Thanks for loving my Roji cast iron and pottery set fortapache, jscott0363, dav2no1, Karen, Kevin, aura and Vynil33rpm!

    3. ho2cultcha ho2cultcha, 2 years ago
      thanks for all the great info on Japanese teapots kwqd! i've been meaning to ask you if there's something i can treat mine with? one of mine is kind of old and prone to rusting. i want to oil it, but don't want to affect the taste of the tea i make with it. i use mine quite a bit.
    4. kwqd kwqd, 2 years ago
      Hey ho2cultcha. Are your talking about inside, outside or both surfaces?

      For the exterior, you can just wipe it down with green tea on a cloth or paper towel. Do it when the pot is hot. Green tea has tannic acid in it which interacts with rust to seal it. It also turns it black which blends with the color of a traditionally finished pot. Green tea is part of the solution used to create the traditional black finish. If the exterior has a lot of rust, I would use a fairly stiff nylon bristle brush first to lightly scrub the pot to remove any loose rust, dust, dirt, etc. You may need to repeat the application of green tea if it is very rusty. The tannic acid continues to work after applying and I have seen lightly rusted pots turn black after a few days with one application. I typically wipe down pots with traditional finishes with green tea every time I use them.

      Not sure how well this works with colored pots as I tend to avoid using those. I suspect that, over time and use, a colored pot is going to become mottled, so one can choose rust or blackened rust....

      If the interior is rusted, you can use fresh or used green tea leaves, add boiling water and let sit for 20 minutes and then rinse it with clean hot water. That will seal the rust, but if the urushi lining is compromised it becomes a one tea pot as the pot is going to absorb the flavor of the tea boiled in it. That is what I have read anyway. I can't tell the difference because I have no sense of smell and tea just tastes like hot water to me.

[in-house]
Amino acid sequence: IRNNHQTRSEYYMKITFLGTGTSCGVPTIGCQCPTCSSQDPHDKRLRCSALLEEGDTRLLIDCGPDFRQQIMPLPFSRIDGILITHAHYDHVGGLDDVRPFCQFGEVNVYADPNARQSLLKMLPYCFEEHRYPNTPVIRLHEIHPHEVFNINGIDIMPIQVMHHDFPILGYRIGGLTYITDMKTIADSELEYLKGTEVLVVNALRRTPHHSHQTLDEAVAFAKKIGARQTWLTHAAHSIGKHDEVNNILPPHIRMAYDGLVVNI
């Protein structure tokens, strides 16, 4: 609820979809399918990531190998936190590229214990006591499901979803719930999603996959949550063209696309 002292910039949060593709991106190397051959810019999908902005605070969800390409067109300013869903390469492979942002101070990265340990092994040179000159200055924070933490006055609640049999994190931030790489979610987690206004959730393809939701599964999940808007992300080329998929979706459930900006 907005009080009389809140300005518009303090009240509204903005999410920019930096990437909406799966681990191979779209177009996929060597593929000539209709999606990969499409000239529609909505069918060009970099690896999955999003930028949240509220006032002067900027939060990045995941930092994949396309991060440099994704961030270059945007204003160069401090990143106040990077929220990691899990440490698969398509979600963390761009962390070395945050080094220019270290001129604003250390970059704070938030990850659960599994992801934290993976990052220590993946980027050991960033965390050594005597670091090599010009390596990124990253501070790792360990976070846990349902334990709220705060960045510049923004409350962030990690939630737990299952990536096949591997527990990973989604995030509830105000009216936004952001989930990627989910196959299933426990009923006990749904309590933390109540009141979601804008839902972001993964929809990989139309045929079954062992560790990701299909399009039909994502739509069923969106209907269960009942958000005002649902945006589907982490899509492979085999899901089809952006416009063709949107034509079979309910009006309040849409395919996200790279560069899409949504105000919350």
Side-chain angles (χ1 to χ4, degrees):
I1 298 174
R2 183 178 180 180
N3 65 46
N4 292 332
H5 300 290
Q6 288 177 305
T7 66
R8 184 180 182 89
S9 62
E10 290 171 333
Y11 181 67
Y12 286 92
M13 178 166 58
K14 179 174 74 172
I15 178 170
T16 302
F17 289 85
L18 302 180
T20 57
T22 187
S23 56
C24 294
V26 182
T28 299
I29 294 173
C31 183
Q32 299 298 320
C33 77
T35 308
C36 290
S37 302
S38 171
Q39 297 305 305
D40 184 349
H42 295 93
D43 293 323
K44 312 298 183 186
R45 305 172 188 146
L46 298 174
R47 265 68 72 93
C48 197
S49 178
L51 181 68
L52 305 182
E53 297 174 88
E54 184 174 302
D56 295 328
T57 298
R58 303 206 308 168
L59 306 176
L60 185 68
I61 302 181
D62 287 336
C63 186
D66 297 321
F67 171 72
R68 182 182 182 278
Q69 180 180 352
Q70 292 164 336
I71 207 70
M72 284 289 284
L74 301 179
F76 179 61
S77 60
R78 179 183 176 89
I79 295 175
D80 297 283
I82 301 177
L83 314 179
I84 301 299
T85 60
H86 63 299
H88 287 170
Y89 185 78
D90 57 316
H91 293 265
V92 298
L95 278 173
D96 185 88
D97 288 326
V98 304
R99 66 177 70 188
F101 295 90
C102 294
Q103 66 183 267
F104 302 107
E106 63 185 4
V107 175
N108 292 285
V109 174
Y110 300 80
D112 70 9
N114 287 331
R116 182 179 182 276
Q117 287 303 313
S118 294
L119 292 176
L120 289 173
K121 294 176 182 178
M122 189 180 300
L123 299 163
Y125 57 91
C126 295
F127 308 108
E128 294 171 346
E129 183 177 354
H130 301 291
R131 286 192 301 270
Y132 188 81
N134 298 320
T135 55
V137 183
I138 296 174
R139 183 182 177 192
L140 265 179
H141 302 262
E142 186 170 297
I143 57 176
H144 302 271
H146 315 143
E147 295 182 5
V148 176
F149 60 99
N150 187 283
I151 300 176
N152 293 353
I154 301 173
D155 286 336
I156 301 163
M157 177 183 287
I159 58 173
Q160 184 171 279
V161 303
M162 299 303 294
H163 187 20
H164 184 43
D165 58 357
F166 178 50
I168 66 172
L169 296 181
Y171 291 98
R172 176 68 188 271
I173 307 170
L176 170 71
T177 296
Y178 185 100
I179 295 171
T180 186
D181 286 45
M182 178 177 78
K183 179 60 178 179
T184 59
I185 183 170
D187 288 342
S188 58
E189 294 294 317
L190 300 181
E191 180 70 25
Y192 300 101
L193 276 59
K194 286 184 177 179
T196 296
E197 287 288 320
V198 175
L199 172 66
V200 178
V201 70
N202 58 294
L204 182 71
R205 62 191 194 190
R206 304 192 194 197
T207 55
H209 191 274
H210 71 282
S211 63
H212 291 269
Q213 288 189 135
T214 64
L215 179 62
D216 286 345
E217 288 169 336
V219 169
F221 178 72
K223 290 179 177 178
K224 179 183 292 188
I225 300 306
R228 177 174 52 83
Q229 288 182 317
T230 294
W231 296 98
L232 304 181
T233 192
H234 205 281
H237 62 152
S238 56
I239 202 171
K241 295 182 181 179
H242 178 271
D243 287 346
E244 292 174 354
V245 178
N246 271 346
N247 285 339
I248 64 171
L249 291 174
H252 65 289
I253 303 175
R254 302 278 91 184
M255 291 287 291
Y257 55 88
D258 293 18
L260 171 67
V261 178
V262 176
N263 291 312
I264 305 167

Hope this helps.
    5. kwqd kwqd, 2 years ago
      Thanks Jenni, ho2cultcha, Thomas and Alfie21!
    6. kwqd kwqd, 2 years ago
      Thank you PhilDMorris, mikelv85 and LazyBoy!
    7. kwqd kwqd, 2 years ago
      Thanks for your comments Eileen! Yeah, I hate when seller's think their job is done when your money hits their bank account or when those responsible for carrying our packages take out their life frustrations on other people's property instead of making positive changes to their lives. I've seen some really unhappy mail carriers, too.

      I bought a really nice, big Sanyu vase from a seller who has very few feedbacks, only sells something every few months and has no glass in their feedbacks, so sent them a link on how to pack glass. Their shipping is pretty high but it looks like they don't have much experience with shipping large anything, so giving them the benefit of a doubt that they aren't trying to profit from shipping. They should have plenty to pay for properly boxing this vase. We shall see. I generally don't buy from sellers who are obviously overcharging on shipping to make more money. I recently passed on a potentially interesting kyusu due to the inflated shipping costs.

      I am pretty happy with this tea set.
    8. kwqd kwqd, 2 years ago
      Thanks for loving my tea set, Jenni!